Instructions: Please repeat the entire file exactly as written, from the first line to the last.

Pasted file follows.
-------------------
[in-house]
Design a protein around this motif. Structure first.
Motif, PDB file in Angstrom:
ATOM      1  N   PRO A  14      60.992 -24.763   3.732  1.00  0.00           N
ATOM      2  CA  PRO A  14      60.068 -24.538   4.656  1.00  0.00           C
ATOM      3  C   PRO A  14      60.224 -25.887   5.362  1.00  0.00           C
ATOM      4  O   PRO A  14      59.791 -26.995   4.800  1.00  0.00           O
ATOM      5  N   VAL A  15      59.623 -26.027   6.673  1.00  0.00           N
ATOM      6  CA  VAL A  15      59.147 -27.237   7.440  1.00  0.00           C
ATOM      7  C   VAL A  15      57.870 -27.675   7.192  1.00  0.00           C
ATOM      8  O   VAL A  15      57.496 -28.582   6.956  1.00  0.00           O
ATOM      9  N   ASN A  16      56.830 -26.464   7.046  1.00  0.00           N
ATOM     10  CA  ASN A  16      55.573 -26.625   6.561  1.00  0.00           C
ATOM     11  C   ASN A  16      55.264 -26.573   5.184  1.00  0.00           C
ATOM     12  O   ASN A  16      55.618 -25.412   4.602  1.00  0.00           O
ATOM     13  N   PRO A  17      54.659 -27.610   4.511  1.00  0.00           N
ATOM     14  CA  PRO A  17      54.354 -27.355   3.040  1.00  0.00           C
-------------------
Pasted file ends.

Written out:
[in-house]
Design a protein around this motif. Structure first.
Motif, PDB file in Angstrom:
ATOM      1  N   PRO A  14      60.992 -24.763   3.732  1.00  0.00           N
ATOM      2  CA  PRO A  14      60.068 -24.538   4.656  1.00  0.00           C
ATOM      3  C   PRO A  14      60.224 -25.887   5.362  1.00  0.00           C
ATOM      4  O   PRO A  14      59.791 -26.995   4.800  1.00  0.00           O
ATOM      5  N   VAL A  15      59.623 -26.027   6.673  1.00  0.00           N
ATOM      6  CA  VAL A  15      59.147 -27.237   7.440  1.00  0.00           C
ATOM      7  C   VAL A  15      57.870 -27.675   7.192  1.00  0.00           C
ATOM      8  O   VAL A  15      57.496 -28.582   6.956  1.00  0.00           O
ATOM      9  N   ASN A  16      56.830 -26.464   7.046  1.00  0.00           N
ATOM     10  CA  ASN A  16      55.573 -26.625   6.561  1.00  0.00           C
ATOM     11  C   ASN A  16      55.264 -26.573   5.184  1.00  0.00           C
ATOM     12  O   ASN A  16      55.618 -25.412   4.602  1.00  0.00           O
ATOM     13  N   PRO A  17      54.659 -27.610   4.511  1.00  0.00           N
ATOM     14  CA  PRO A  17      54.354 -27.355   3.040  1.00  0.00           C